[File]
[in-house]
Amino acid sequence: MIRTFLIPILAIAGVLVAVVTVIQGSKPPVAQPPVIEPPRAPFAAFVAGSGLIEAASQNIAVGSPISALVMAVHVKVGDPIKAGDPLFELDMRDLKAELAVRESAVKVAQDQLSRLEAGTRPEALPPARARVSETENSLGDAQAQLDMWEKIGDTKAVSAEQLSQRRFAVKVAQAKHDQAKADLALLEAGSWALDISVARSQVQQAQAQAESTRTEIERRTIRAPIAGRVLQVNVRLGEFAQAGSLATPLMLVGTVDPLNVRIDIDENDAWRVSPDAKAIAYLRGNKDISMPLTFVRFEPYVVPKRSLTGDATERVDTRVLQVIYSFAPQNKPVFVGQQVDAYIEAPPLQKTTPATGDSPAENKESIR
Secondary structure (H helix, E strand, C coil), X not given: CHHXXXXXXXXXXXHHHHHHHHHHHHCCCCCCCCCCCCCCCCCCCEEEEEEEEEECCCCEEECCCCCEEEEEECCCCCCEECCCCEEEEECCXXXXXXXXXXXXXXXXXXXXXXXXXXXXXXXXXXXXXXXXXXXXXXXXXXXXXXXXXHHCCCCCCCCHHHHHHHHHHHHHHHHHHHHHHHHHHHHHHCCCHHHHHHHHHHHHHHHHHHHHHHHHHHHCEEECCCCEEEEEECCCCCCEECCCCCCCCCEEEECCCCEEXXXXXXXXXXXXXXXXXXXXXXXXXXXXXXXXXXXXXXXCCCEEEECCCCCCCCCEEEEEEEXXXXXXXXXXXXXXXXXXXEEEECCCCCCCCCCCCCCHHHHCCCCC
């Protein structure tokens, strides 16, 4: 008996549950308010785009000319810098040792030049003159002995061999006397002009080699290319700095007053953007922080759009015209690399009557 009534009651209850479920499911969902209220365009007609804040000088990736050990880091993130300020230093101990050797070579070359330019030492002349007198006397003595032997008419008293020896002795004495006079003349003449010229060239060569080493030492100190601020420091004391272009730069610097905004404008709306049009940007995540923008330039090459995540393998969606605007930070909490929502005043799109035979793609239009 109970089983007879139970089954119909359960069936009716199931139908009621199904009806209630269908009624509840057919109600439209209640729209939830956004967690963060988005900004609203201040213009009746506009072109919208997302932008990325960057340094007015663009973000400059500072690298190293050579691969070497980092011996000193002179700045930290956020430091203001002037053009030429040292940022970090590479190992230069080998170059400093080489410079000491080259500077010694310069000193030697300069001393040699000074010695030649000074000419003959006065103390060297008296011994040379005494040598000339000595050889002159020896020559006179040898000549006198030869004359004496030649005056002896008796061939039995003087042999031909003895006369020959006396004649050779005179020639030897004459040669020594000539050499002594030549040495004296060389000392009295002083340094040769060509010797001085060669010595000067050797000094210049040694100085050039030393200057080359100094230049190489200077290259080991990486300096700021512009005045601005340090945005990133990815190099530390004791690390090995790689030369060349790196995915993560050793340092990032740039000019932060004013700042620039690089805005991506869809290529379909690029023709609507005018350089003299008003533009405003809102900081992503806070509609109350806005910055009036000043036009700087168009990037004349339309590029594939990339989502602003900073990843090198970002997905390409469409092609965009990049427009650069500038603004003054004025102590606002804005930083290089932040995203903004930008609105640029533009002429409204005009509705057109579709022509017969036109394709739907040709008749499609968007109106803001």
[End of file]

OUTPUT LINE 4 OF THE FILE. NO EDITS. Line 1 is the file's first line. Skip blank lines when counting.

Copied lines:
């Protein structure tokens, strides 16, 4: 008996549950308010785009000319810098040792030049003159002995061999006397002009080699290319700095007053953007922080759009015209690399009557 009534009651209850479920499911969902209220365009007609804040000088990736050990880091993130300020230093101990050797070579070359330019030492002349007198006397003595032997008419008293020896002795004495006079003349003449010229060239060569080493030492100190601020420091004391272009730069610097905004404008709306049009940007995540923008330039090459995540393998969606605007930070909490929502005043799109035979793609239009 109970089983007879139970089954119909359960069936009716199931139908009621199904009806209630269908009624509840057919109600439209209640729209939830956004967690963060988005900004609203201040213009009746506009072109919208997302932008990325960057340094007015663009973000400059500072690298190293050579691969070497980092011996000193002179700045930290956020430091203001002037053009030429040292940022970090590479190992230069080998170059400093080489410079000491080259500077010694310069000193030697300069001393040699000074010695030649000074000419003959006065103390060297008296011994040379005494040598000339000595050889002159020896020559006179040898000549006198030869004359004496030649005056002896008796061939039995003087042999031909003895006369020959006396004649050779005179020639030897004459040669020594000539050499002594030549040495004296060389000392009295002083340094040769060509010797001085060669010595000067050797000094210049040694100085050039030393200057080359100094230049190489200077290259080991990486300096700021512009005045601005340090945005990133990815190099530390004791690390090995790689030369060349790196995915993560050793340092990032740039000019932060004013700042620039690089805005991506869809290529379909690029023709609507005018350089003299008003533009405003809102900081992503806070509609109350806005910055009036000043036009700087168009990037004349339309590029594939990339989502602003900073990843090198970002997905390409469409092609965009990049427009650069500038603004003054004025102590606002804005930083290089932040995203903004930008609105640029533009002429409204005009509705057109579709022509017969036109394709739907040709008749499609968007109106803001």